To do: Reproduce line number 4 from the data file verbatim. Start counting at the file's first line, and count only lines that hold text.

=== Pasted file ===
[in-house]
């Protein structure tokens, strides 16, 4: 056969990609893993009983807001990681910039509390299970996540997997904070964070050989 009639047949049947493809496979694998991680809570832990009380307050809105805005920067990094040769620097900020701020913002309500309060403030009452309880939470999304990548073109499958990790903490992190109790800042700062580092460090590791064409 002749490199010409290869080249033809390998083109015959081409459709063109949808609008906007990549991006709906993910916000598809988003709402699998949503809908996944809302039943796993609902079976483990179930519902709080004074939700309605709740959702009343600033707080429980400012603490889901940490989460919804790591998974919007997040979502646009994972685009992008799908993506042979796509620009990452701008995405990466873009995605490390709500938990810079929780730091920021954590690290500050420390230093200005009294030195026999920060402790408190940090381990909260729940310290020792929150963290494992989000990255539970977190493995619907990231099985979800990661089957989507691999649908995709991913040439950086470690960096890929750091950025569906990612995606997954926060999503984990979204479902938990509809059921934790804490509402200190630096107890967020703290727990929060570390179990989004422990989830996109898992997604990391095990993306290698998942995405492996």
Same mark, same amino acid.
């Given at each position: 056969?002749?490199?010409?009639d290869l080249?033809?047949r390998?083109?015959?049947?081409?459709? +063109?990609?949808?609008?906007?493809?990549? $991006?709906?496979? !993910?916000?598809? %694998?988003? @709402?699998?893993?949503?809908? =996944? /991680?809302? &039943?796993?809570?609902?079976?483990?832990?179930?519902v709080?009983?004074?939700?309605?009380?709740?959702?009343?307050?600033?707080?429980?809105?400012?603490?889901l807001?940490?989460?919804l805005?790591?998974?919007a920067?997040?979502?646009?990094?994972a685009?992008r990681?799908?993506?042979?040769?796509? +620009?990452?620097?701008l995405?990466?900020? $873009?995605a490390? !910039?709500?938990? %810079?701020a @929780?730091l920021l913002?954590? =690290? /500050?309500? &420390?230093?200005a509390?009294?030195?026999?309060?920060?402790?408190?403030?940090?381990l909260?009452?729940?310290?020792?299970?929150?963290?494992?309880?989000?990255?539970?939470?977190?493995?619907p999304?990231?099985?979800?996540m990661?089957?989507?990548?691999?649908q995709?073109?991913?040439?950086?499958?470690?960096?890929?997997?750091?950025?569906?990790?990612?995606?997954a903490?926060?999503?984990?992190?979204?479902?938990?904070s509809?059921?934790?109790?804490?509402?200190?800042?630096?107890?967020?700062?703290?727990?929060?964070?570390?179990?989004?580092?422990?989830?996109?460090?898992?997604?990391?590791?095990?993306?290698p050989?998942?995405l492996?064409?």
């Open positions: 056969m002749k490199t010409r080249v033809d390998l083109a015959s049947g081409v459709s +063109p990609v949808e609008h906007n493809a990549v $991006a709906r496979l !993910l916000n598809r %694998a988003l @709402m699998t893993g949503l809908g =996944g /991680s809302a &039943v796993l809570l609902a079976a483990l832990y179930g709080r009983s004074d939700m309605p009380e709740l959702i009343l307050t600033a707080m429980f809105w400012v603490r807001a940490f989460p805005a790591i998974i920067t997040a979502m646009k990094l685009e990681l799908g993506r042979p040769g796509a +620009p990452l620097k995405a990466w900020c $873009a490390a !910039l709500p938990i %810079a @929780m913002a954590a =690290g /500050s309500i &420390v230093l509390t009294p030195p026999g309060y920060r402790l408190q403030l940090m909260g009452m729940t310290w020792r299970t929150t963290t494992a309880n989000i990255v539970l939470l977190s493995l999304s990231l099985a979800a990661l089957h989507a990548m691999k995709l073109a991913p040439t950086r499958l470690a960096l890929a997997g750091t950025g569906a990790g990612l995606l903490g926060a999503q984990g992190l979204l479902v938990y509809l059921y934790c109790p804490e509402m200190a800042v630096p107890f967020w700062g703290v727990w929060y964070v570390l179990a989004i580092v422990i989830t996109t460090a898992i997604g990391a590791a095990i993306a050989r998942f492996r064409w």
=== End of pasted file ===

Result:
């Given at each position: 056969?002749?490199?010409?009639d290869l080249?033809?047949r390998?083109?015959?049947?081409?459709? +063109?990609?949808?609008?906007?493809?990549? $991006?709906?496979? !993910?916000?598809? %694998?988003? @709402?699998?893993?949503?809908? =996944? /991680?809302? &039943?796993?809570?609902?079976?483990?832990?179930?519902v709080?009983?004074?939700?309605?009380?709740?959702?009343?307050?600033?707080?429980?809105?400012?603490?889901l807001?940490?989460?919804l805005?790591?998974?919007a920067?997040?979502?646009?990094?994972a685009?992008r990681?799908?993506?042979?040769?796509? +620009?990452?620097?701008l995405?990466?900020? $873009?995605a490390? !910039?709500?938990? %810079?701020a @929780?730091l920021l913002?954590? =690290? /500050?309500? &420390?230093?200005a509390?009294?030195?026999?309060?920060?402790?408190?403030?940090?381990l909260?009452?729940?310290?020792?299970?929150?963290?494992?309880?989000?990255?539970?939470?977190?493995?619907p999304?990231?099985?979800?996540m990661?089957?989507?990548?691999?649908q995709?073109?991913?040439?950086?499958?470690?960096?890929?997997?750091?950025?569906?990790?990612?995606?997954a903490?926060?999503?984990?992190?979204?479902?938990?904070s509809?059921?934790?109790?804490?509402?200190?800042?630096?107890?967020?700062?703290?727990?929060?964070?570390?179990?989004?580092?422990?989830?996109?460090?898992?997604?990391?590791?095990?993306?290698p050989?998942?995405l492996?064409?």